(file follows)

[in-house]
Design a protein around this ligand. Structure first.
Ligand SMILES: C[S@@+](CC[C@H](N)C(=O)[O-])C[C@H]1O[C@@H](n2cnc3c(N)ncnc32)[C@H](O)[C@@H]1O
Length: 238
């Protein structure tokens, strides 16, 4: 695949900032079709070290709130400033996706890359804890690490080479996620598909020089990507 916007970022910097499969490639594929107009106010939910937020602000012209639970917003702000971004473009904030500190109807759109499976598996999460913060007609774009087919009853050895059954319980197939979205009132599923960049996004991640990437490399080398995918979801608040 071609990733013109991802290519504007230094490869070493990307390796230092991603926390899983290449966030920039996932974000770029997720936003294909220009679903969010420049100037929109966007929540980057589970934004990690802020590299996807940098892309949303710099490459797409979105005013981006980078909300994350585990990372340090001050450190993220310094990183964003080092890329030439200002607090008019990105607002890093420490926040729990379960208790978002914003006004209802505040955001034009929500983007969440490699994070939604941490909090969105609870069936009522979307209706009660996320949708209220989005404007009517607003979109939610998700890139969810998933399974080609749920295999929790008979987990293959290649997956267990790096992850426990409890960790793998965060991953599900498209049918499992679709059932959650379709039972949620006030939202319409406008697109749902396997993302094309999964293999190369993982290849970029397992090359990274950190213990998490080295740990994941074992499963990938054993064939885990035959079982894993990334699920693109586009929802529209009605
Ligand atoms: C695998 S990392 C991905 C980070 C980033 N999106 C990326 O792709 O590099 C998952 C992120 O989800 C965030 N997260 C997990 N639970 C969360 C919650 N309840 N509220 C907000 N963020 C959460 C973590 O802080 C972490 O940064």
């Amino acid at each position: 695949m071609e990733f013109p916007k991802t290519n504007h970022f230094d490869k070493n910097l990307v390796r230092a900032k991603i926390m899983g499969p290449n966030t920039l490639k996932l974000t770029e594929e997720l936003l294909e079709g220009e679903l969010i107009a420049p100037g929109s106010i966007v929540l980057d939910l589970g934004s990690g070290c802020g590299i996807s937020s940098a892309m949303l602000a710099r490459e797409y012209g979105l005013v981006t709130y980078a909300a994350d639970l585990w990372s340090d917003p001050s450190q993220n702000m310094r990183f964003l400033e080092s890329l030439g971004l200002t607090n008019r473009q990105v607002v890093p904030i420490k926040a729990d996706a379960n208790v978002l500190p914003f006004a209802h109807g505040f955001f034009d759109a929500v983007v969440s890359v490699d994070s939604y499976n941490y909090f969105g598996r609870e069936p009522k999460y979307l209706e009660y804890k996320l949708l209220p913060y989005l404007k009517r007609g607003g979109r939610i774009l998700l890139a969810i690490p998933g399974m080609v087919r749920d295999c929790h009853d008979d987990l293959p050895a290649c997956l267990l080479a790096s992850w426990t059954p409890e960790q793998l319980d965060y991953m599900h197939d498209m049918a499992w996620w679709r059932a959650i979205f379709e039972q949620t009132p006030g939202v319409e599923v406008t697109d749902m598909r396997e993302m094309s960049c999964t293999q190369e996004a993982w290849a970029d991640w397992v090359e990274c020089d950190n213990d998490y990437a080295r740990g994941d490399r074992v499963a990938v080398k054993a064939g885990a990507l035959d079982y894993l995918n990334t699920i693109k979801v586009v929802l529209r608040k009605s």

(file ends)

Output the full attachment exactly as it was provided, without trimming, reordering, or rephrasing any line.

[in-house]
Design a protein around this ligand. Structure first.
Ligand SMILES: C[S@@+](CC[C@H](N)C(=O)[O-])C[C@H]1O[C@@H](n2cnc3c(N)ncnc32)[C@H](O)[C@@H]1O
Length: 238
């Protein structure tokens, strides 16, 4: 695949900032079709070290709130400033996706890359804890690490080479996620598909020089990507 916007970022910097499969490639594929107009106010939910937020602000012209639970917003702000971004473009904030500190109807759109499976598996999460913060007609774009087919009853050895059954319980197939979205009132599923960049996004991640990437490399080398995918979801608040 071609990733013109991802290519504007230094490869070493990307390796230092991603926390899983290449966030920039996932974000770029997720936003294909220009679903969010420049100037929109966007929540980057589970934004990690802020590299996807940098892309949303710099490459797409979105005013981006980078909300994350585990990372340090001050450190993220310094990183964003080092890329030439200002607090008019990105607002890093420490926040729990379960208790978002914003006004209802505040955001034009929500983007969440490699994070939604941490909090969105609870069936009522979307209706009660996320949708209220989005404007009517607003979109939610998700890139969810998933399974080609749920295999929790008979987990293959290649997956267990790096992850426990409890960790793998965060991953599900498209049918499992679709059932959650379709039972949620006030939202319409406008697109749902396997993302094309999964293999190369993982290849970029397992090359990274950190213990998490080295740990994941074992499963990938054993064939885990035959079982894993990334699920693109586009929802529209009605
Ligand atoms: C695998 S990392 C991905 C980070 C980033 N999106 C990326 O792709 O590099 C998952 C992120 O989800 C965030 N997260 C997990 N639970 C969360 C919650 N309840 N509220 C907000 N963020 C959460 C973590 O802080 C972490 O940064």
């Amino acid at each position: 695949m071609e990733f013109p916007k991802t290519n504007h970022f230094d490869k070493n910097l990307v390796r230092a900032k991603i926390m899983g499969p290449n966030t920039l490639k996932l974000t770029e594929e997720l936003l294909e079709g220009e679903l969010i107009a420049p100037g929109s106010i966007v929540l980057d939910l589970g934004s990690g070290c802020g590299i996807s937020s940098a892309m949303l602000a710099r490459e797409y012209g979105l005013v981006t709130y980078a909300a994350d639970l585990w990372s340090d917003p001050s450190q993220n702000m310094r990183f964003l400033e080092s890329l030439g971004l200002t607090n008019r473009q990105v607002v890093p904030i420490k926040a729990d996706a379960n208790v978002l500190p914003f006004a209802h109807g505040f955001f034009d759109a929500v983007v969440s890359v490699d994070s939604y499976n941490y909090f969105g598996r609870e069936p009522k999460y979307l209706e009660y804890k996320l949708l209220p913060y989005l404007k009517r007609g607003g979109r939610i774009l998700l890139a969810i690490p998933g399974m080609v087919r749920d295999c929790h009853d008979d987990l293959p050895a290649c997956l267990l080479a790096s992850w426990t059954p409890e960790q793998l319980d965060y991953m599900h197939d498209m049918a499992w996620w679709r059932a959650i979205f379709e039972q949620t009132p006030g939202v319409e599923v406008t697109d749902m598909r396997e993302m094309s960049c999964t293999q190369e996004a993982w290849a970029d991640w397992v090359e990274c020089d950190n213990d998490y990437a080295r740990g994941d490399r074992v499963a990938v080398k054993a064939g885990a990507l035959d079982y894993l995918n990334t699920i693109k979801v586009v929802l529209r608040k009605s």